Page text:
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Not a mistake



An unnecessary war

I used to wonder why anybody would go into the American armed services after the war in Vietnam.

But now, we have an unnecessary war for our own time.

And now, we still have people defending a war that... well, it's unnecessary. You can't do much worse than that.

I wasn't in Vietnam. I was born the year of the Gulf of Tonkin "incident," a minor or fabricated* interaction between seagoing vessels, the "beginning" of the Vietnam war, 1964.

The Gulf of Tonkin Incident was an opportunity for the American government to escalate military action. They called it police action then, and would for several years. Indeed, they never officially called it a war, did they? But a lot of people killed each other,* so I'd say it was a war.

That's the tricky thing about langauge, and the language of war is the worst. For example, the Iraq war of 2003 is over now, isn't it? People are still dying. The American occupation is over, isn't it?

— October, 2004 Nijmegen, The Netherlands

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"Not a one. No boats, no wakes, no ricochets off boats, no boat impacts, no torpedo wakes — nothing but black sea and American firepower."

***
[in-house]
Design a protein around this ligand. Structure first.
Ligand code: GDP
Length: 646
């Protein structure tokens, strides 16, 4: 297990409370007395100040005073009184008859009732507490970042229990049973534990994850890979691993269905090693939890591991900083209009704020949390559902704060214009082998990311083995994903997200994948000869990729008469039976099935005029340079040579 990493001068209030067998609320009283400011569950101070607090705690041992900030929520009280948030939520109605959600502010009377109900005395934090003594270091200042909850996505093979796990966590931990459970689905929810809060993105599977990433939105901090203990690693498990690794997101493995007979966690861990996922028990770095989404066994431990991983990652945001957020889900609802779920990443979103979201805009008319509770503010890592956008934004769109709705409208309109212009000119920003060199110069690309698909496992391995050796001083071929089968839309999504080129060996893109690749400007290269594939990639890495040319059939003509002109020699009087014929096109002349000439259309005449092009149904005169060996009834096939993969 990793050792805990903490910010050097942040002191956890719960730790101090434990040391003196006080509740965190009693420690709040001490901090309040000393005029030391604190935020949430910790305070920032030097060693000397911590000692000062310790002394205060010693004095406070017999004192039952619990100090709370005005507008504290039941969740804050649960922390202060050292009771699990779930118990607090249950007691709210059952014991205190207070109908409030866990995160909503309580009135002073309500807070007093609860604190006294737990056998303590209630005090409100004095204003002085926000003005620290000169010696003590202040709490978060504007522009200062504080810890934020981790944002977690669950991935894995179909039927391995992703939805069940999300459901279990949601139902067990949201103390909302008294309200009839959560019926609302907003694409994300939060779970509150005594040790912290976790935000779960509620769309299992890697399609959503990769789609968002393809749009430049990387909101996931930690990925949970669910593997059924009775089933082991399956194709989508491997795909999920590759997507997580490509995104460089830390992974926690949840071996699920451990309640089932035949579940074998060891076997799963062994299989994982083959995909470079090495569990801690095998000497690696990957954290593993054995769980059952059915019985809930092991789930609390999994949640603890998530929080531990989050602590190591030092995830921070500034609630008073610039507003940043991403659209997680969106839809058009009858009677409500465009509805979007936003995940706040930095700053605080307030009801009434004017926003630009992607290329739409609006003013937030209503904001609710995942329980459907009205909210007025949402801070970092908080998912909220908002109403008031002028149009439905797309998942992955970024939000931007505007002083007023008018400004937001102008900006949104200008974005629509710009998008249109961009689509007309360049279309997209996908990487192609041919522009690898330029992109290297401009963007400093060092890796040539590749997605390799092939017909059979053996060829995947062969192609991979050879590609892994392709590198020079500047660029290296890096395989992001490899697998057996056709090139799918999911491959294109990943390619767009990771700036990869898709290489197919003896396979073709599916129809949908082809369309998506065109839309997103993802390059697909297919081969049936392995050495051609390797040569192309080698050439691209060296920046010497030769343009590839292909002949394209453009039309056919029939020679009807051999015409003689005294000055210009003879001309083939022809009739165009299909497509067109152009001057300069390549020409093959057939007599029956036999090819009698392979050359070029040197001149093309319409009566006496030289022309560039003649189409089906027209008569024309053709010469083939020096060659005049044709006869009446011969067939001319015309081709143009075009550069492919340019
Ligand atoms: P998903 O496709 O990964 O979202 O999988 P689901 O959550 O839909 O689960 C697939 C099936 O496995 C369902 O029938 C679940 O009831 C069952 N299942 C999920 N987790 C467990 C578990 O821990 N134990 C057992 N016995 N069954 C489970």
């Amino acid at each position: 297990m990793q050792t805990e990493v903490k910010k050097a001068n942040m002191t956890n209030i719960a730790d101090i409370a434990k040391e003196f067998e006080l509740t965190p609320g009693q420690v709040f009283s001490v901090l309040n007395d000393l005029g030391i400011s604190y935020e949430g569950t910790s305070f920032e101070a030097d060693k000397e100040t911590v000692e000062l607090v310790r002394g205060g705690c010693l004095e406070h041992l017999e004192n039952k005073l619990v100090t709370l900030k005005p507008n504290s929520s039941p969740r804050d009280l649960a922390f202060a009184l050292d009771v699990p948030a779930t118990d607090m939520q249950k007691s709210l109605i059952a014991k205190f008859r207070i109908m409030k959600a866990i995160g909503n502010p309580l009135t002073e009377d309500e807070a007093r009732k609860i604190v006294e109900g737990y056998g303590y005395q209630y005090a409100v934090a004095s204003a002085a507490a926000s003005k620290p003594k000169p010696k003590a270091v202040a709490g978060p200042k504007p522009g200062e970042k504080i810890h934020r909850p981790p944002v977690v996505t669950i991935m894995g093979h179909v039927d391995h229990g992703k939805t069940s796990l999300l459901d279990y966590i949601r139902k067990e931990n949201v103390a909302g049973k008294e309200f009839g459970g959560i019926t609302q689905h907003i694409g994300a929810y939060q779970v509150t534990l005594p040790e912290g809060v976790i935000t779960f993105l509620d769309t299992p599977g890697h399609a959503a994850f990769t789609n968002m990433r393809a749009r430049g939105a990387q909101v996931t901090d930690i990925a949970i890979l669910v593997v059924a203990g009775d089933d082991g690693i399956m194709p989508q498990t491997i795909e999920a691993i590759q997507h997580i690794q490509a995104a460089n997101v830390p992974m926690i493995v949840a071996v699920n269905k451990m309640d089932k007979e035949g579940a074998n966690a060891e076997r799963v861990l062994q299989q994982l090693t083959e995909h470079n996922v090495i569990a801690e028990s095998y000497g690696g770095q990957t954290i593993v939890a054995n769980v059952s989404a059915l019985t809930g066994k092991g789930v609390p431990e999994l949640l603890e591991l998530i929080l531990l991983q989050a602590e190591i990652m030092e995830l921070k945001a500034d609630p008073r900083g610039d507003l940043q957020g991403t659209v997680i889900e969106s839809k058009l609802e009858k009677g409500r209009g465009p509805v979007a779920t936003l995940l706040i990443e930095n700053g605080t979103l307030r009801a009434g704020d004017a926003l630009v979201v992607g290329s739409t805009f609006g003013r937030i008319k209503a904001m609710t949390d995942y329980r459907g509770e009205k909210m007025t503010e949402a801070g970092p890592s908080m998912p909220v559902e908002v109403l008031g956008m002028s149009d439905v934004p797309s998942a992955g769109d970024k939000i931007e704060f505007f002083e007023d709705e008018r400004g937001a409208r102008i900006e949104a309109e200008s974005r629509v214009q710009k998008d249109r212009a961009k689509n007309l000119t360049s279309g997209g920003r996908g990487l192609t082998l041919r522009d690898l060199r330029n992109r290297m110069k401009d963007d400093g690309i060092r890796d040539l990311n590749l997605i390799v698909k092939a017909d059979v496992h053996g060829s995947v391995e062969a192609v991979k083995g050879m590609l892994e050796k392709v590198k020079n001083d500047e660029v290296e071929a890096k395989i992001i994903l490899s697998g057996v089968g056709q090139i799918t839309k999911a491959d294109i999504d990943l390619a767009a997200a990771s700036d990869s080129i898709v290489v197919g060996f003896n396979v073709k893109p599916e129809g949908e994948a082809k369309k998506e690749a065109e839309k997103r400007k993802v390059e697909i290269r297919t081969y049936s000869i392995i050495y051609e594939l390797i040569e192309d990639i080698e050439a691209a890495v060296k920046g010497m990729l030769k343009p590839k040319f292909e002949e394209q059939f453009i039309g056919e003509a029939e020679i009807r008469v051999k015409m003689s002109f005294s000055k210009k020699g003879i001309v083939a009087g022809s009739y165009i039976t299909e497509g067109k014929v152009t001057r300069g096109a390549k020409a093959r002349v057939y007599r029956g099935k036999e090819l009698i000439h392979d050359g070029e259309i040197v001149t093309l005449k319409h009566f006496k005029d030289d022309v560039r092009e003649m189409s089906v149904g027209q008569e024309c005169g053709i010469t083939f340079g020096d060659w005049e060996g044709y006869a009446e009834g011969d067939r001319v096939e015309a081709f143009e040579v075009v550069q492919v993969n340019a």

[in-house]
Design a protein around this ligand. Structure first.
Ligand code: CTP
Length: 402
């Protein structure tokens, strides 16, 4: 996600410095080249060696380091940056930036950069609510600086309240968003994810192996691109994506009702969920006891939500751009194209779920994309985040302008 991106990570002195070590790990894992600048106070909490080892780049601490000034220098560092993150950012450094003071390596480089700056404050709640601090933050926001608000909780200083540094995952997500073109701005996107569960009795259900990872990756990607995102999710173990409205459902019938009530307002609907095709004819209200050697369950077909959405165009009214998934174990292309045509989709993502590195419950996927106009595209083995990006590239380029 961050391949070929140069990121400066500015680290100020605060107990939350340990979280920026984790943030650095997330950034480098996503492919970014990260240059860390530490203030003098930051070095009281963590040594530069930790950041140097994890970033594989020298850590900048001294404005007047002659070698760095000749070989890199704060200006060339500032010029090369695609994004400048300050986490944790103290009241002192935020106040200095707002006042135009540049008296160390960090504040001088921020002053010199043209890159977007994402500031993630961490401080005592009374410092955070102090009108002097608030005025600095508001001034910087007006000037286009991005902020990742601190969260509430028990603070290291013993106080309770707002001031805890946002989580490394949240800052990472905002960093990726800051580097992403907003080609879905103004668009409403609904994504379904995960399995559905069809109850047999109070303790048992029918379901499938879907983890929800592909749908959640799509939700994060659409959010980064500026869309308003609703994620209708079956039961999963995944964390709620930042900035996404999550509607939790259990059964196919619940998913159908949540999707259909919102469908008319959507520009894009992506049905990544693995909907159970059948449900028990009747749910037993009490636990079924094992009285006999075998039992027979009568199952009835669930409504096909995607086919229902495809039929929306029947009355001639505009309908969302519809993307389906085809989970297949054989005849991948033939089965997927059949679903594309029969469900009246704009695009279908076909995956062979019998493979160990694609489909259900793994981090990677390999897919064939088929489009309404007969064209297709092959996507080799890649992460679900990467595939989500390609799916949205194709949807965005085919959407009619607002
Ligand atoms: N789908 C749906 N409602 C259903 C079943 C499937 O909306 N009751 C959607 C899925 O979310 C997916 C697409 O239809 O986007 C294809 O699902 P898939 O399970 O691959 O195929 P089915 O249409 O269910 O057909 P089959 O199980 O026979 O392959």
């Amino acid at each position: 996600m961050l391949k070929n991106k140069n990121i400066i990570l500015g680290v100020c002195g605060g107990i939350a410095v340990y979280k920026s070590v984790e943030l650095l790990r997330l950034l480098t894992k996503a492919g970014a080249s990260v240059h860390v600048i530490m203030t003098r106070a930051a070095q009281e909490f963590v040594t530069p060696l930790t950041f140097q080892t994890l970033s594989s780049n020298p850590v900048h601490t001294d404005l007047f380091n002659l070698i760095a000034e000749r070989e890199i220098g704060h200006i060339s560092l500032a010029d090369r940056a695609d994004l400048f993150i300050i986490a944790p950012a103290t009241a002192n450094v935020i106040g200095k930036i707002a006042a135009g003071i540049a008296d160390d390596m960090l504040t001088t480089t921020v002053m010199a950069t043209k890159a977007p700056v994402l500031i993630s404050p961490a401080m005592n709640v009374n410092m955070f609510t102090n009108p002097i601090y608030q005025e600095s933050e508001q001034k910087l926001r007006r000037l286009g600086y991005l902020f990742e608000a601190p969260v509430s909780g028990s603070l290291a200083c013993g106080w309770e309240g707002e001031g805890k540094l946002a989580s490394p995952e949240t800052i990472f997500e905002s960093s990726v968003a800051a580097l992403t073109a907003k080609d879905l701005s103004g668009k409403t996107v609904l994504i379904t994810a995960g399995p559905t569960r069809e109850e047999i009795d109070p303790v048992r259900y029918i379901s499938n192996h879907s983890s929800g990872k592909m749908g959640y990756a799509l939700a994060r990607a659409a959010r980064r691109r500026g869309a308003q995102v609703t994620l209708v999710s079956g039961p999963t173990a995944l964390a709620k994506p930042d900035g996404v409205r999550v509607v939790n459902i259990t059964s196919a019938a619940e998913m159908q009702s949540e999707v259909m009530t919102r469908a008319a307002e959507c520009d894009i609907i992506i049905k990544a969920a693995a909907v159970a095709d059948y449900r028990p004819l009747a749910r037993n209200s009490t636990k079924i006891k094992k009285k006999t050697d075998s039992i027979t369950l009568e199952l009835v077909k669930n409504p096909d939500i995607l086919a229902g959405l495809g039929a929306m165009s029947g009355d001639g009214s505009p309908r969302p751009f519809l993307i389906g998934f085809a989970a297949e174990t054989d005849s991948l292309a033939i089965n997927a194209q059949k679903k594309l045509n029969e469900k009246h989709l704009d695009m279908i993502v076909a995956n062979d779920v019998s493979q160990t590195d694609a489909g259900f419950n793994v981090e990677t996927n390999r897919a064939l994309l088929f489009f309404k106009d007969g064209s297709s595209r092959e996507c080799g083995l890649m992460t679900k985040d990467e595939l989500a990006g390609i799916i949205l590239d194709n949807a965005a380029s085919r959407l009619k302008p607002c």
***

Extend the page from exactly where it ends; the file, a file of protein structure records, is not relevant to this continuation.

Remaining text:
— James Bond Stockdale, who retired a Vice Admiral, highly decorated. Stockdale led the air squadron over the Gulf of Tonkin the night of the "event that never happened" (4 August, 1964.)

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* The Americans killed more than two million Vietnamese, often making no distinction between military and civilian targets. (To be fair to the American soldiers, there often was no distinction between the Vietnamese soldier and civilian.)

About 50,000 Americans were killed and three times that many wounded.

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